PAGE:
Intrinsic motivation describes the young child.

Many philosophers write as if instrumental value is the only type ofextrinsic value, but that is a mistake. Suppose, for instance, that theresults of a certain medical test indicate that the patient is in goodhealth, and suppose that this patient's having good health isintrinsically good. Then we may well want to say that the results arethemselves (extrinsically) good. But notice that the results are ofcourse not a means to good health; they are simply indicative of it. Orsuppose that making your home available to a struggling artist whileyou spend a year abroad provides him with an opportunity he wouldotherwise not have to create some masterpieces, and suppose that eitherthe process or the product of this creation would be intrinsicallygood. Then we may well want to say that your making your home availableto him is (extrinsically) good because of the opportunity it provideshim, even if he goes on to squander the opportunity and nothing goodcomes of it. Or suppose that someone's appreciating the beauty of theMona Lisa would be intrinsically good. Then we may well wantto say that the painting itself has value in light of this fact, akind of value that some have called “inherent value”(Lewis 1946, p. 391; cf. Frankena 1973, p. 82).(“Inherent value” may not be the most suitableterm to use here, since it may well suggest intrinsic value,whereas the sort of value at issue is supposed to be a type ofextrinsic value. The value attributed to the painting is onethat it is said to have in virtue of its relation to something elsethat would supposedly be intrinsically good if it occurred, namely,the appreciation of its beauty.) Many other instances could be givenof cases in which we are inclined to call something good in virtue ofits relation to something else that is or would be intrinsically good,even though the relation in question is not a means-end relation.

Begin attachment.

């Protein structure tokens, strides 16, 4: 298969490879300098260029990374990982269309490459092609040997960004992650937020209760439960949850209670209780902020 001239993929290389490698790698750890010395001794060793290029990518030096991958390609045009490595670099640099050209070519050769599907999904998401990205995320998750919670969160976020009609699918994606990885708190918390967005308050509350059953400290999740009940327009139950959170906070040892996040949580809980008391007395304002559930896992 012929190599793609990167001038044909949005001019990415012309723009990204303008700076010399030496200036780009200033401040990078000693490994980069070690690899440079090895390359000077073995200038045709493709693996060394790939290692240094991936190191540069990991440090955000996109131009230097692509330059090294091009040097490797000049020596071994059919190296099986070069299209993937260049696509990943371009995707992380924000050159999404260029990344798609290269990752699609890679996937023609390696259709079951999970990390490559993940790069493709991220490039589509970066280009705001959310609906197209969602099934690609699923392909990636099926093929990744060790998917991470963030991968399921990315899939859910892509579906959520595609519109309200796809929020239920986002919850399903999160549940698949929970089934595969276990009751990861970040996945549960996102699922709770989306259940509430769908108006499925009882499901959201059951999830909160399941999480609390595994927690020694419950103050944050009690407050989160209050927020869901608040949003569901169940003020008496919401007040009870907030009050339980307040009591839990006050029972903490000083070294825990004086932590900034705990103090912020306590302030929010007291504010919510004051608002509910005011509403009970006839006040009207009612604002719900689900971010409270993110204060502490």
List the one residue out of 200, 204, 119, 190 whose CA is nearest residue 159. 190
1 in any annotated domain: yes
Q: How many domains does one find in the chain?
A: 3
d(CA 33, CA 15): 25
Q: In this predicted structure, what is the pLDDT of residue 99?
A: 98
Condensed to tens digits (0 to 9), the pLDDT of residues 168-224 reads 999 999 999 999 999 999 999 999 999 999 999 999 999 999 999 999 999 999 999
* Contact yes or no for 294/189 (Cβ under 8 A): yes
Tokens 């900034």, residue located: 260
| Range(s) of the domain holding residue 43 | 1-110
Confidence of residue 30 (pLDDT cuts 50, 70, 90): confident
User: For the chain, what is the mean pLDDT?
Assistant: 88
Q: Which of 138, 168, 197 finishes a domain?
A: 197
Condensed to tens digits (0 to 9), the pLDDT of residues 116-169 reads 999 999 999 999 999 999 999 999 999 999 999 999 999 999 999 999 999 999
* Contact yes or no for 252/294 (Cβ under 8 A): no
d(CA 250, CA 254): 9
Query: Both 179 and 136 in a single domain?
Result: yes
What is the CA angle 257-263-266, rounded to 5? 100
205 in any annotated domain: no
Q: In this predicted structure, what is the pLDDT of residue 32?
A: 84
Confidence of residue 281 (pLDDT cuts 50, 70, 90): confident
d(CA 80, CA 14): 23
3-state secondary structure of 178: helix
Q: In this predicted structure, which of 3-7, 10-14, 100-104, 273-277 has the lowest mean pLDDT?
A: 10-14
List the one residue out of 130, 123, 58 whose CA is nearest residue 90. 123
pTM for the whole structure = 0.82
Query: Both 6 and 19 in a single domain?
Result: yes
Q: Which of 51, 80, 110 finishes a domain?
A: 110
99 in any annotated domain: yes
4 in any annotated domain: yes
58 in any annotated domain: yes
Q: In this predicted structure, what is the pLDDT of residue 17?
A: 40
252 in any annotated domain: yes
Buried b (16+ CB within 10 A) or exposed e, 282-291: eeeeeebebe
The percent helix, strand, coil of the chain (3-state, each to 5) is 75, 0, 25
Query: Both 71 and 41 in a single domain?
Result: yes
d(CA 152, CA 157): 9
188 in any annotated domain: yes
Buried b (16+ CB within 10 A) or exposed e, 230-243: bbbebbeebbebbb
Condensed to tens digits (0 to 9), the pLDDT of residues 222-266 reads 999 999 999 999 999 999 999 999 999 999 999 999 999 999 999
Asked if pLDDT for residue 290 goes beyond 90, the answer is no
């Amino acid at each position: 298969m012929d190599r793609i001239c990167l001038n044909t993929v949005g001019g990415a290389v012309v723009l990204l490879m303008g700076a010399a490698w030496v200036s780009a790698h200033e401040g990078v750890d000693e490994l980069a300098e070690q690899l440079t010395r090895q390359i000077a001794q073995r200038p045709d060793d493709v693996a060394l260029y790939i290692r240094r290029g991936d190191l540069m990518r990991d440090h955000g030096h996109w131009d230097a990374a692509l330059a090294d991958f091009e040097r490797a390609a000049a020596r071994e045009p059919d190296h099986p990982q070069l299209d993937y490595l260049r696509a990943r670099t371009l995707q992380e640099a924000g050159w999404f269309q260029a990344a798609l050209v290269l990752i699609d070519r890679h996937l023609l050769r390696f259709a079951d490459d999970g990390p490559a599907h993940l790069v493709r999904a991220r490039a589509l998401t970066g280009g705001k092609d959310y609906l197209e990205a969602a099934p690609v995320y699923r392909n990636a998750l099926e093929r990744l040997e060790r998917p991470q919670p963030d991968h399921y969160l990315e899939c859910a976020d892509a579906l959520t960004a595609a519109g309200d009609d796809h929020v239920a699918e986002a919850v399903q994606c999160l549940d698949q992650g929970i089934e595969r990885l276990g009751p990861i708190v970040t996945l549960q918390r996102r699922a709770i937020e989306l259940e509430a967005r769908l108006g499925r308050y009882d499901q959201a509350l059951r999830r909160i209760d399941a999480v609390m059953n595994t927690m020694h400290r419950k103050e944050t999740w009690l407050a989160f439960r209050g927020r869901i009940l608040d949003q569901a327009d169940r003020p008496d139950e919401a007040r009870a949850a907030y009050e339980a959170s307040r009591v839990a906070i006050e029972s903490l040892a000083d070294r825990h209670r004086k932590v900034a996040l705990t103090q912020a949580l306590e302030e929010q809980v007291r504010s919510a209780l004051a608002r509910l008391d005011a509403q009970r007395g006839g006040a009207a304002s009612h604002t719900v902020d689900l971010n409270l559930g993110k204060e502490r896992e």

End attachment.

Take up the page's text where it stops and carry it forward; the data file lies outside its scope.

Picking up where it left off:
Intrinsic motivation reflects the desire to do something because it is enjoyable.
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[…] extrinsic rewards can light the fire of motivation, intrinsic motivators keep it burning. Good onboarding encourages both, through a combination of challenging tasks, curiosity, and […]

Motivation can be either intrinsic or extrinsic.

The main difference between intrinsic and extrinsic motivation is the goals of the students.
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Source: James A. Middleton, “A Study of Intrinsic Motivation in the Mathematics Classroom: A Personal Constructs Approach,” Journal for Research in Mathematics Education, Vol. 26, No. 3, pages 255-257.

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Disadvantages: On the other hand, extrinsic motivators can often distract students from learning the subject at hand. It can be challenging to devise appropriate rewards and punishments for student behaviors. Often, one needs to escalate the rewards and punishments over time to maintain a certain effect level. Also, extrinsic motivators typically do not work over the long term. Once the rewards or punishments are removed, students lose their motivation.

Carrot And Stick – Intrinsic vs Extrinsic Nature of Motivation

Athletes compete in and practice sport for a variety of reasons. These reasons fall into the two major categories of intrinsic and extrinsic motivation. Athletes who are intrinsically motivated participate in sports for internal reasons, such as enjoyment, whereas athletes who are extrinsically motivated participate in sports for external reasons, such as material rewards.
Extrinsic rewards are central to competitive sports; athletes receive publicity, awards, and money, among other things, and college level athletes obtain scholarships for their talents. Extrinsic rewards, when used correctly, can be beneficial to athletes. However, athletes in highly competitive levels of sport may experience decreases in their intrinsic motivation because of the increasing use of extrinsic rewards offered by the media, coaches, and parents. As a coach, you can help increase or maintain the intrinsic motivation of college athletes even with the presence of extrinsic rewards, such as scholarships.